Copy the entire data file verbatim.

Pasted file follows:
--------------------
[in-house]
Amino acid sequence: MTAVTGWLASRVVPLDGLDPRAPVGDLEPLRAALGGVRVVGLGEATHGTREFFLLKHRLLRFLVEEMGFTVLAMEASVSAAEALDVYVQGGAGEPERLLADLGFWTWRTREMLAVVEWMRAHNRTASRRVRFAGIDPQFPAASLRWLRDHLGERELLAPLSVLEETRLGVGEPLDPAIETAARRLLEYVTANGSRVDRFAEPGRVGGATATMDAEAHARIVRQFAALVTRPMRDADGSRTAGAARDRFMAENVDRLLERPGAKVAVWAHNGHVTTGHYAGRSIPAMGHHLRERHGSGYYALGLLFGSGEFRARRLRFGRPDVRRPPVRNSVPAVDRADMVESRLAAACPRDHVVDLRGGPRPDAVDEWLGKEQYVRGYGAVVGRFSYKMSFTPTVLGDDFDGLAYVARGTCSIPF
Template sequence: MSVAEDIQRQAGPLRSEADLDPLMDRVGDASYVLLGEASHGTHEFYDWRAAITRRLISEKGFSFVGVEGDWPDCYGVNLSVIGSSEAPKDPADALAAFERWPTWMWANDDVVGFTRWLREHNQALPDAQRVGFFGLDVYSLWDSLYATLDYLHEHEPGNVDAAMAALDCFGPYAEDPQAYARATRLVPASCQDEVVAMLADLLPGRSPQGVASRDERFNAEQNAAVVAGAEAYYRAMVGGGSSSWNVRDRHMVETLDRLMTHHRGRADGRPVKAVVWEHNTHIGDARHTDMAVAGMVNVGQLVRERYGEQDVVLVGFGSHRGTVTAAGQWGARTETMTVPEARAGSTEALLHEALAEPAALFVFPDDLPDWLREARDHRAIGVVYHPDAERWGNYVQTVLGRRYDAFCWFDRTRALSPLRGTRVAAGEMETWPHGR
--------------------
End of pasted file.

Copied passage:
[in-house]
Amino acid sequence: MTAVTGWLASRVVPLDGLDPRAPVGDLEPLRAALGGVRVVGLGEATHGTREFFLLKHRLLRFLVEEMGFTVLAMEASVSAAEALDVYVQGGAGEPERLLADLGFWTWRTREMLAVVEWMRAHNRTASRRVRFAGIDPQFPAASLRWLRDHLGERELLAPLSVLEETRLGVGEPLDPAIETAARRLLEYVTANGSRVDRFAEPGRVGGATATMDAEAHARIVRQFAALVTRPMRDADGSRTAGAARDRFMAENVDRLLERPGAKVAVWAHNGHVTTGHYAGRSIPAMGHHLRERHGSGYYALGLLFGSGEFRARRLRFGRPDVRRPPVRNSVPAVDRADMVESRLAAACPRDHVVDLRGGPRPDAVDEWLGKEQYVRGYGAVVGRFSYKMSFTPTVLGDDFDGLAYVARGTCSIPF
Template sequence: MSVAEDIQRQAGPLRSEADLDPLMDRVGDASYVLLGEASHGTHEFYDWRAAITRRLISEKGFSFVGVEGDWPDCYGVNLSVIGSSEAPKDPADALAAFERWPTWMWANDDVVGFTRWLREHNQALPDAQRVGFFGLDVYSLWDSLYATLDYLHEHEPGNVDAAMAALDCFGPYAEDPQAYARATRLVPASCQDEVVAMLADLLPGRSPQGVASRDERFNAEQNAAVVAGAEAYYRAMVGGGSSSWNVRDRHMVETLDRLMTHHRGRADGRPVKAVVWEHNTHIGDARHTDMAVAGMVNVGQLVRERYGEQDVVLVGFGSHRGTVTAAGQWGARTETMTVPEARAGSTEALLHEALAEPAALFVFPDDLPDWLREARDHRAIGVVYHPDAERWGNYVQTVLGRRYDAFCWFDRTRALSPLRGTRVAAGEMETWPHGR